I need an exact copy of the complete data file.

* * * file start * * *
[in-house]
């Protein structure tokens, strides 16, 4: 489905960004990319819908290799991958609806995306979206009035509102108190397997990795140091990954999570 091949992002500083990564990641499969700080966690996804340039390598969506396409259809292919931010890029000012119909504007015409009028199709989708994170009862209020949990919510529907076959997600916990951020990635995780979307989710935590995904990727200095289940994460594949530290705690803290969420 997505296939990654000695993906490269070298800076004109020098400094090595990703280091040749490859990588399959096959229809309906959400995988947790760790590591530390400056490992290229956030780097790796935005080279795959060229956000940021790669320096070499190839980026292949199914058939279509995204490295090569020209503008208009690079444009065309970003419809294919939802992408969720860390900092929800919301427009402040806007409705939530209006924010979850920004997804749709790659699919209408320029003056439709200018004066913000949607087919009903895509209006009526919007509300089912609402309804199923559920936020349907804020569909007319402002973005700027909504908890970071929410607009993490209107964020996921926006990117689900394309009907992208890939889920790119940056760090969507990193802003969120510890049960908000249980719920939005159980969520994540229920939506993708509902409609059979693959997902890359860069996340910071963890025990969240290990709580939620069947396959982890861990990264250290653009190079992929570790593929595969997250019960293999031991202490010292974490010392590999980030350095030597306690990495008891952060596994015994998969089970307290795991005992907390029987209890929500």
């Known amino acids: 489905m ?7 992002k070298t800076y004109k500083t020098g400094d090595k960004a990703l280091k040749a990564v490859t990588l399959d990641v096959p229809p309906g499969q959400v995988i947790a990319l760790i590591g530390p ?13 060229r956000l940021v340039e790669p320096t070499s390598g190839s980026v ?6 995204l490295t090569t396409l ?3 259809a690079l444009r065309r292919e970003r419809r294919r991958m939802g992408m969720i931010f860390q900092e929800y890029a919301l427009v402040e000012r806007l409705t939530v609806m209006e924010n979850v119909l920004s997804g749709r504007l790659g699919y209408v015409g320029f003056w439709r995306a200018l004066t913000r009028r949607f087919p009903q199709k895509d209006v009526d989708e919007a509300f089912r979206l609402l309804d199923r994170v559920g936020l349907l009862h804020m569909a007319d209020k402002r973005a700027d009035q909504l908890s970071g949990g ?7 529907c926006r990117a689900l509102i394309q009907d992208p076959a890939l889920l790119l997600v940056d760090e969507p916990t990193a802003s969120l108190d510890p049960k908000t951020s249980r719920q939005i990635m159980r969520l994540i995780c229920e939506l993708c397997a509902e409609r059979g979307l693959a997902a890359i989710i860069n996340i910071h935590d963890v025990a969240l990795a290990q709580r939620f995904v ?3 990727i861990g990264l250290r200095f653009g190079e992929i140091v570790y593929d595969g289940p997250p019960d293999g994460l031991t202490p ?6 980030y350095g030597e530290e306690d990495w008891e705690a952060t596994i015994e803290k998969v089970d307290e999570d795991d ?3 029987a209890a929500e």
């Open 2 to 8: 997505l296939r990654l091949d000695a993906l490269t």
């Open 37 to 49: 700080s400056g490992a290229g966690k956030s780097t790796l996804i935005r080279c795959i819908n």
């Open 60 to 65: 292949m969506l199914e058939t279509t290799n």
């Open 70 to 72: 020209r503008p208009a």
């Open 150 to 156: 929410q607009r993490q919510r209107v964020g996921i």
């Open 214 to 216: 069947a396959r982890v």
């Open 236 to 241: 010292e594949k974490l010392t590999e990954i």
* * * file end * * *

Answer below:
[in-house]
């Protein structure tokens, strides 16, 4: 489905960004990319819908290799991958609806995306979206009035509102108190397997990795140091990954999570 091949992002500083990564990641499969700080966690996804340039390598969506396409259809292919931010890029000012119909504007015409009028199709989708994170009862209020949990919510529907076959997600916990951020990635995780979307989710935590995904990727200095289940994460594949530290705690803290969420 997505296939990654000695993906490269070298800076004109020098400094090595990703280091040749490859990588399959096959229809309906959400995988947790760790590591530390400056490992290229956030780097790796935005080279795959060229956000940021790669320096070499190839980026292949199914058939279509995204490295090569020209503008208009690079444009065309970003419809294919939802992408969720860390900092929800919301427009402040806007409705939530209006924010979850920004997804749709790659699919209408320029003056439709200018004066913000949607087919009903895509209006009526919007509300089912609402309804199923559920936020349907804020569909007319402002973005700027909504908890970071929410607009993490209107964020996921926006990117689900394309009907992208890939889920790119940056760090969507990193802003969120510890049960908000249980719920939005159980969520994540229920939506993708509902409609059979693959997902890359860069996340910071963890025990969240290990709580939620069947396959982890861990990264250290653009190079992929570790593929595969997250019960293999031991202490010292974490010392590999980030350095030597306690990495008891952060596994015994998969089970307290795991005992907390029987209890929500």
């Known amino acids: 489905m ?7 992002k070298t800076y004109k500083t020098g400094d090595k960004a990703l280091k040749a990564v490859t990588l399959d990641v096959p229809p309906g499969q959400v995988i947790a990319l760790i590591g530390p ?13 060229r956000l940021v340039e790669p320096t070499s390598g190839s980026v ?6 995204l490295t090569t396409l ?3 259809a690079l444009r065309r292919e970003r419809r294919r991958m939802g992408m969720i931010f860390q900092e929800y890029a919301l427009v402040e000012r806007l409705t939530v609806m209006e924010n979850v119909l920004s997804g749709r504007l790659g699919y209408v015409g320029f003056w439709r995306a200018l004066t913000r009028r949607f087919p009903q199709k895509d209006v009526d989708e919007a509300f089912r979206l609402l309804d199923r994170v559920g936020l349907l009862h804020m569909a007319d209020k402002r973005a700027d009035q909504l908890s970071g949990g ?7 529907c926006r990117a689900l509102i394309q009907d992208p076959a890939l889920l790119l997600v940056d760090e969507p916990t990193a802003s969120l108190d510890p049960k908000t951020s249980r719920q939005i990635m159980r969520l994540i995780c229920e939506l993708c397997a509902e409609r059979g979307l693959a997902a890359i989710i860069n996340i910071h935590d963890v025990a969240l990795a290990q709580r939620f995904v ?3 990727i861990g990264l250290r200095f653009g190079e992929i140091v570790y593929d595969g289940p997250p019960d293999g994460l031991t202490p ?6 980030y350095g030597e530290e306690d990495w008891e705690a952060t596994i015994e803290k998969v089970d307290e999570d795991d ?3 029987a209890a929500e």
């Open 2 to 8: 997505l296939r990654l091949d000695a993906l490269t």
């Open 37 to 49: 700080s400056g490992a290229g966690k956030s780097t790796l996804i935005r080279c795959i819908n």
């Open 60 to 65: 292949m969506l199914e058939t279509t290799n």
């Open 70 to 72: 020209r503008p208009a």
């Open 150 to 156: 929410q607009r993490q919510r209107v964020g996921i």
């Open 214 to 216: 069947a396959r982890v």
């Open 236 to 241: 010292e594949k974490l010392t590999e990954i």